Arkwright is a tight-fisted shop owner in Doncaster, who will stop at nothing to keep his profits high and his overheads low, even if this means harassing his nephew Granville. Arkwright's ... See full summary »
This comedy series is all about two mates, Gary and Tony who share a two bedroom home. They are grown men who act like a couple of drunk two year olds, who spend their time either drinking ... See full summary »
Long running BBC comedy show consisting of sketches and humourous musical routines involving the large Ronnie Barker and the small Ronnie Corbett. Most sketches involved both men, but ... See full summary »
The Fred Tomlinson Singers
Classic 1960s British comedy series about a thirty-something year-old man named Harold and his elderly father, Albert, who work as rag and bone men (collecting and selling junk). Harold is ... See full summary »
Harry H. Corbett,
BBC sketch show that while continuing to show the misadventures of a series of popular characters now also introduces a slew of new oddballs and misfits for us to enjoy including Tory Boy and The Lovely Wobbly Randy Old Ladies.
Gordon Brittas is the manager of the Whitbury-Newtown Leisure Centre. Despite his ambition and good intentions, everything seems to go wrong when he's around, despite the best efforts of ... See full summary »
In this classic bitter-sweet sitcom from award winning writer David Renwick, Richard Wilson plays the short tempered Victor Meldrew, a man who doesn't suffer fools gladly and to his misery frequently encounters them as well as a bad case of misfortune. His long suffering wife Margrat played by Annette Crosbie struggles to cope with her husbands rants against the world and the bad luck that befalls them. The hilarity that ensures his also underpinned by a poignant and often darker edge little seen in most sitcoms. Written by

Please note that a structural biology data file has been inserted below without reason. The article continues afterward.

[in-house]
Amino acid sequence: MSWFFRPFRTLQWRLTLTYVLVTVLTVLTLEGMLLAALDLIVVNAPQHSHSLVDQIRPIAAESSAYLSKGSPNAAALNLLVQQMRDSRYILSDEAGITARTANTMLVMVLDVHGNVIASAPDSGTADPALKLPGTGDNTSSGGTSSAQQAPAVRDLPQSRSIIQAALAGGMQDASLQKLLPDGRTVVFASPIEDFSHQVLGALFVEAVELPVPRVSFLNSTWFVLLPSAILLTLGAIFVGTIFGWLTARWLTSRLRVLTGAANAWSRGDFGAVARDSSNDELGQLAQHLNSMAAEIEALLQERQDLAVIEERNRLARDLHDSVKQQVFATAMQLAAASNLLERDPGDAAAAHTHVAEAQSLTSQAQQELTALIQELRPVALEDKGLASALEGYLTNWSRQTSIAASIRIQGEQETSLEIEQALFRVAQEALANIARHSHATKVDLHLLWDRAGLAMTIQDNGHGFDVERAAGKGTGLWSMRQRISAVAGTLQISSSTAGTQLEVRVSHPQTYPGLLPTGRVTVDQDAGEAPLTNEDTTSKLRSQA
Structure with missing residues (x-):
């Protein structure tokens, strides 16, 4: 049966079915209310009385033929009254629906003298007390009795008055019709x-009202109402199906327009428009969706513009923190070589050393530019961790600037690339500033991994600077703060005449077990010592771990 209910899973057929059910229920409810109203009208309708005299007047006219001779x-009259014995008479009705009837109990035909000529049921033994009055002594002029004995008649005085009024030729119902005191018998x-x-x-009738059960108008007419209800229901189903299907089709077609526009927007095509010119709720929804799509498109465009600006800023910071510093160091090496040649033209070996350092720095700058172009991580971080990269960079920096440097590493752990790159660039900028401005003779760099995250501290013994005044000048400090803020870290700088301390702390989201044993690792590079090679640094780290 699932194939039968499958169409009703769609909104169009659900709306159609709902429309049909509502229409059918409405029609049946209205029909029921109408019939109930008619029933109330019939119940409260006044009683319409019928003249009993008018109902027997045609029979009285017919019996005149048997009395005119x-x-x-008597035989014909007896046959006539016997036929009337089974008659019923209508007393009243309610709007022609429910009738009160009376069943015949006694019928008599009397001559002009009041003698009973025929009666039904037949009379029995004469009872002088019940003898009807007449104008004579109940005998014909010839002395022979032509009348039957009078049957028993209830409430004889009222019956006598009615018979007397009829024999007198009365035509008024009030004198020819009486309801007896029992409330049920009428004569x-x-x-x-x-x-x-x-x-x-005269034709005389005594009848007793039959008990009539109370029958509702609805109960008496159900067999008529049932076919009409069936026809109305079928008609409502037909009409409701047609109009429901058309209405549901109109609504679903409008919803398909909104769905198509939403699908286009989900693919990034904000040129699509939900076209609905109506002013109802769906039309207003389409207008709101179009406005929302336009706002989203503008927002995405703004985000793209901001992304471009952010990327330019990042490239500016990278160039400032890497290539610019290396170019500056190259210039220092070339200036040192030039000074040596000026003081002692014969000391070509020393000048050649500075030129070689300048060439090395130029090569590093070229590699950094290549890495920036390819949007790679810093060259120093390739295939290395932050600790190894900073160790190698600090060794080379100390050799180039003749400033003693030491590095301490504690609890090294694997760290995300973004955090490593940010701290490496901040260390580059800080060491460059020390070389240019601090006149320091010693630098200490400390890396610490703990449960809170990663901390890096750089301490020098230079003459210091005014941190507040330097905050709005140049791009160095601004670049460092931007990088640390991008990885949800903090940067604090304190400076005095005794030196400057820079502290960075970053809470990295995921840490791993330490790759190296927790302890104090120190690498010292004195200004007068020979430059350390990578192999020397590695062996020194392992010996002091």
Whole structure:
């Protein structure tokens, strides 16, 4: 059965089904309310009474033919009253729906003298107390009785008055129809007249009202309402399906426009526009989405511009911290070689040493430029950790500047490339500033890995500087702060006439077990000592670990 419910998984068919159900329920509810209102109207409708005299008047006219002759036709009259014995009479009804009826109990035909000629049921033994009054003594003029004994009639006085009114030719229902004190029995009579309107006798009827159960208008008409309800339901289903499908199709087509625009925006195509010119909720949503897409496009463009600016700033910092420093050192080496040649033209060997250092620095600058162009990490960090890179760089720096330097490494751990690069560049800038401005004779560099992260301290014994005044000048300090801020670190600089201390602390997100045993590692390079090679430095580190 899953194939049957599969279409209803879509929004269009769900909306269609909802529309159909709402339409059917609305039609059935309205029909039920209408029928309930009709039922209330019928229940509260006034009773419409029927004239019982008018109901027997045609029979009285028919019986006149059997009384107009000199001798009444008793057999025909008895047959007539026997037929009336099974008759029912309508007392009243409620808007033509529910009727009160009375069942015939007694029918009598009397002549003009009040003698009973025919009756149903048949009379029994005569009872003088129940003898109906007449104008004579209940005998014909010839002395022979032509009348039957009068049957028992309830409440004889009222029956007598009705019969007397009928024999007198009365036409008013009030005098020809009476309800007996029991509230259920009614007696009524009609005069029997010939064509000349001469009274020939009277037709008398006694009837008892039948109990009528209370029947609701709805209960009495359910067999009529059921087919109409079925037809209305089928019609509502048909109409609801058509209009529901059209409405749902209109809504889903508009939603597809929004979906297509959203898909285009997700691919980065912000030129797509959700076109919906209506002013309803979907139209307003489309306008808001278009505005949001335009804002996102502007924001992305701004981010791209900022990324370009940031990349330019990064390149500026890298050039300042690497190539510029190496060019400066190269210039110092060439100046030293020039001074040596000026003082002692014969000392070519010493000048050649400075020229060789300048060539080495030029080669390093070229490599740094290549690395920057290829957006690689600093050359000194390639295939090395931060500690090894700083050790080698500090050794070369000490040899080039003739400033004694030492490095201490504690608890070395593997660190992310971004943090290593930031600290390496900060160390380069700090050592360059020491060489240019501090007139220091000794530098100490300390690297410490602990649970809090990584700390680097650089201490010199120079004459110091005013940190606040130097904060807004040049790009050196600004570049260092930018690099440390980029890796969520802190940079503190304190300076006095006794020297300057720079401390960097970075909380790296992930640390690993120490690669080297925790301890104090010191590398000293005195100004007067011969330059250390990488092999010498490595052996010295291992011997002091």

A number of complaints were made during the series' run for its depiction of animal deaths. For example, in One Foot in the Grave: The Valley of Fear (1990), a dead cat is found in the Meldrews' freezer; in another, a tortoise is roasted in a brazier. The programme was censured, however, for a scene in One Foot in the Grave: Hearts of Darkness (1993) in which an elderly resident is abused in an old people's home, and following complaints, the scene was slightly cut when the episode was repeated. In the DVD commentary for the episode, David Renwick stated his continued opposition to the cuts. Another controversial scene in One Foot in the Grave: Tales of Terror (2000) saw the Meldrews visit Ronnie and Mildred on the understanding that Mildred had gone upstairs during a game of Happy Families and not returned; Ronnie then shows her feet hanging outside of the window, revealing that she has committed suicide. The Broadcasting Standards Commission received complaints about this scene. See more »
if anybody has been set upon by a company, felt hard done by in life, thought as if people aren't as moral as they should be, this is the programme that they should watch. Some people may feel that it is predictable but it does so with intelligence and humour that is such that the viewer doesn't care if they have guessed the ending or not, the programme relies on receiving the empathy of the viewer which I believe, for the most part, this programme achieves extremely well. Very well written, very well acted, and extremely missed.
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